In neighboring Nepal, meanwhile, the summit of Mount Everest, the tallest mountain in the world at 29,028 feet, had become something like a clogged highway. “On Mt. Everest,” the article in the New York Times stated, “Heavy Traffic isn’t Just Inconvenient.  It Can Be Deadly.”  The photograph accompanying the article tells a story staggering in the extreme:  mountaineers are queued up, as people in South Asia often are at bus stations, railway ticket offices, cinema halls, and government offices, to climb the summit.  The line is several hundred meters long, perhaps even longer than a mile. Death at the highest point on earth can be caused by frostbite, oxygen depletion, long exposure to the inclement weather, high altitude sickness—and, now, a traffic jam.  Two climbers had died under these difficult circumstances when the first reports appeared on May 23-24; in the following days, at least another eight climbers died.  In 2018, by contrast, five climbers had died during the entire climbing season.

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The Zoo Atop the World: The line for the summit at Mt. Everest, May 2019. Source: Getty Images.

So what does it feel like being at the top of the world?  Narendra Modi would know, and what is wholly distinct about him is that he stands in singular and sinister isolation at the summit of Indian politics. The BJP had almost wiped out the Congress, and nearly all other opposition, in 2014; no one, barring perhaps the BJP, which in the voice of Modi has declared that it aims to win the votes of all 900 million Indian voters, thought that the 2019 election outcome would result in the further decimation of the opposition. Under the existing rules of the Indian Parliament, established by the first Lok Sabha speaker, G. V. Mavlankar, and finally codified under the Parliament (Facilities) Act 1998, an official “leader of the opposition” in either House cannot be declared until an opposition party has at least 10% of the seats.  With 44 seats in 2014 the Congress did not qualify as the “opposition” in the Lok Sabha, which has a membership of 543.  Having fallen short of the target of 55 seats by 3 seats this year, the Congress still does not quality.

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PM Jawaharlal Nehru with Ganesh Vasudev Mavalankar, the first Speaker of the Lok Sabha. Source: The Hindu Group.

We may say, then, that Modi rules the Indian political scene much as Jawaharlal Nehru and Indira Gandhi did in their times.  It may be comforting for Modi’s critics to believe that those who rise so spectacularly to the top are likely to have a precipitous fall:  that is not always the case.   The greater concern, to invoke Lord Acton’s maxim, is that “power corrupts, absolute power corrupts absolutely”.  If Modi and the BJP have captured all the institutions of state power, and bankrupted or emasculated those which are not so readily pliable to the will of the party, the circumstances for the longevity of Indian democracy in any meaningful sense of the term cannot be described as propitious.  More than 70 years after independence, the summit should have been crowded—with ideas, with the play of the imagination, with parties speaking in different tongues and articulating compelling narratives of social justice.  Instead, what do we find?  The Congress has become moribund, the Communists eviscerated.  There is only one narrative now—call it Hindu pride or call it the Hindu nation-state, but it is more effectively captured by one word:  Modi.  “In New India,” as one newspaper put it, “the prime minister towers above all parties, including his own.”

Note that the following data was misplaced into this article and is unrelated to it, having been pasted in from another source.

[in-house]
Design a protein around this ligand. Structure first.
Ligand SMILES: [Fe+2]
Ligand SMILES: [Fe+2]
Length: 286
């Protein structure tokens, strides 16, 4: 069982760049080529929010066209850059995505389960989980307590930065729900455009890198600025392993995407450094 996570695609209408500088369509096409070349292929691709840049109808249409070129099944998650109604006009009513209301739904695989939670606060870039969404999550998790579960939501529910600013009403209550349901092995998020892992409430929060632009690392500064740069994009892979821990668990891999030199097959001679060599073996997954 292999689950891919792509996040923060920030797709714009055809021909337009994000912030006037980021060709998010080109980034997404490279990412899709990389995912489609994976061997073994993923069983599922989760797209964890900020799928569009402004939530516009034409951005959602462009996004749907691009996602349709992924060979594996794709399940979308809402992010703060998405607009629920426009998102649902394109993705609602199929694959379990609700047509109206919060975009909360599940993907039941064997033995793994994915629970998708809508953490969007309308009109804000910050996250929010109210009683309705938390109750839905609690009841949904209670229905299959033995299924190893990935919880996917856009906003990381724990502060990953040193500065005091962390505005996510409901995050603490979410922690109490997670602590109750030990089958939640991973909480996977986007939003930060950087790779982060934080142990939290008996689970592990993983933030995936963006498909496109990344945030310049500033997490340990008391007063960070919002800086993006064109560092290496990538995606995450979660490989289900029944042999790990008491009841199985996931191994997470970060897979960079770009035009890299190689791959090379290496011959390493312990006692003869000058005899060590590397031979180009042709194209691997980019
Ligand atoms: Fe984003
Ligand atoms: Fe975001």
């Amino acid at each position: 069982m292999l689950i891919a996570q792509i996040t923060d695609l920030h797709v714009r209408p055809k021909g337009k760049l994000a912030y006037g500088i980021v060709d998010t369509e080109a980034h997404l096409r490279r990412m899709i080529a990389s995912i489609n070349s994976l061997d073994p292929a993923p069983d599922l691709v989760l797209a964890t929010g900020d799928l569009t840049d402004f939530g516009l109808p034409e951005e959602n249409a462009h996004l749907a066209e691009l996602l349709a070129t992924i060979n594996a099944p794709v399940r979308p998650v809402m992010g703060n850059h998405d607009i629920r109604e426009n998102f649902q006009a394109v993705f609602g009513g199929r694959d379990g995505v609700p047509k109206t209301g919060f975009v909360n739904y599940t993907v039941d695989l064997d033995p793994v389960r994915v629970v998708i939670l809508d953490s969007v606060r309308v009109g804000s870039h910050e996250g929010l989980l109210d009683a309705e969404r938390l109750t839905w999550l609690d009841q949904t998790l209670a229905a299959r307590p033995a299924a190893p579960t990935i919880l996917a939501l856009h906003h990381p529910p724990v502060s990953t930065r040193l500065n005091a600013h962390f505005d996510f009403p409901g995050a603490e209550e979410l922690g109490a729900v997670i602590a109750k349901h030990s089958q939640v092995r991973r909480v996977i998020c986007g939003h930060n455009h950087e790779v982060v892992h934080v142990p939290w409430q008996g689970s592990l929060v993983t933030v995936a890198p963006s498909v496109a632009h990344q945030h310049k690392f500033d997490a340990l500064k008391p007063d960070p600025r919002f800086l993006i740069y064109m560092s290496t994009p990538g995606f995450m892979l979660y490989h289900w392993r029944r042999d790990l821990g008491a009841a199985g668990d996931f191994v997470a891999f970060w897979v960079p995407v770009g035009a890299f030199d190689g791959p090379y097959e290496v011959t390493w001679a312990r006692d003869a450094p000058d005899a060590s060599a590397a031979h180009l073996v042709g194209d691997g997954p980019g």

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An Image from Pakistani Television. Source: You Tube.

Ironically, at the summit of Mt. Everest, where it should have been all quiet, the parking lot is full. The Arizona doctor who arrived on the summit was in for a surprise:  on the flat part of the summit, about the size of two ping-pong tables, 15-20 mountaineers were jockeying for positions to take selfies.  He thought he had arrived at a “zoo.”  The saints who in India have for millennia been arguing that there is no solitude anywhere except within one’s own self perhaps knew a thing or two that we may be recognizing today—even atop Everest.  Why do people climb Everest?  We doubtless know all the answers:  the thrill associated with taking risks, the flirtation with death, the challenge it poses to even experienced climbers, the human need to continue to scale new heights, and others in that vein.  One person, I forget who, put it starkly, and with likely greater plausibility:  because it is there.

MtEverestLineForSummit2

Line Up, Please, for the Summit: The delights of Mt. Everest and Being on Top of the World. Source: National Geographic.

The history books which speak of Everest being first “conquered” by Edmund Hillary and Tenzing Norway in 1953 are still closer to the truth in that they suggest, if unwittingly, that the narrative of conquest has all along triggered the exodus to Everest.  This exodus has, besides the zoo at the summit, created a veritable garbage dump all along the path from the base camp to the summit.  Though Modi stands singularly at the top of the world, and Everest as the top of the world has become a crowded place, Mt. Modi and Mt. Everest share, in more ways than we can imagine, threads of the same narrative of conquest, of twitter and selfies, and the difficulties of solitude and reflection in these times.  We don’t know how many lives have been discarded on the ascendant path to Mt. Modi and Mt. Everest and where it will stop.

(First published on ABP Live Blog under the same title, here.)